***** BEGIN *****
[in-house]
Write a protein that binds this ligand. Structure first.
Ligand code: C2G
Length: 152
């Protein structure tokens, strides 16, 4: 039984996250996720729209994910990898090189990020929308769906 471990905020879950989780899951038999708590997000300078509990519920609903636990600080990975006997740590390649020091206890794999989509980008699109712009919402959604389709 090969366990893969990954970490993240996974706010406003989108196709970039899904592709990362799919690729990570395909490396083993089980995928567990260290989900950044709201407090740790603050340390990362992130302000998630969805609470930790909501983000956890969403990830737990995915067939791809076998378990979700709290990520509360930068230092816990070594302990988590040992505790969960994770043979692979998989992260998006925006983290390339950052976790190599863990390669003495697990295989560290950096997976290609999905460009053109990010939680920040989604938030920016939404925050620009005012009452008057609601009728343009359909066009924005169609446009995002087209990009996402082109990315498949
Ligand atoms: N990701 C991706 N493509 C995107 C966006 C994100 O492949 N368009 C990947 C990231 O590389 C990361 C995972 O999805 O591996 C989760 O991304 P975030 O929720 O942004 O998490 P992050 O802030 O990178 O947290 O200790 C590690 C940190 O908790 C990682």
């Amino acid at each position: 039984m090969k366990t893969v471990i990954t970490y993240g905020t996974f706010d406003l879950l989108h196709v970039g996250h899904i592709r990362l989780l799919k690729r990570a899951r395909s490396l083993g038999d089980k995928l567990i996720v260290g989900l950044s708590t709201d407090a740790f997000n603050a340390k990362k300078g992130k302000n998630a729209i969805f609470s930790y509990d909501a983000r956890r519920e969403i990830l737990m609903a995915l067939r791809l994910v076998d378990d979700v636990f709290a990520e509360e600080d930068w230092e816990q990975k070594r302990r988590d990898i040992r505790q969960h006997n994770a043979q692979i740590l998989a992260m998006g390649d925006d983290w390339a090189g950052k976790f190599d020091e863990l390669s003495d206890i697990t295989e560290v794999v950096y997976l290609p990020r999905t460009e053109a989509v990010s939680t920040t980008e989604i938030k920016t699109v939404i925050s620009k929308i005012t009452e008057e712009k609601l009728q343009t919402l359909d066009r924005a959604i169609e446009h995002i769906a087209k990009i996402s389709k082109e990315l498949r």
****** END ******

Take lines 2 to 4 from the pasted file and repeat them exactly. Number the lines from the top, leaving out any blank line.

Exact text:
Write a protein that binds this ligand. Structure first.
Ligand code: C2G
Length: 152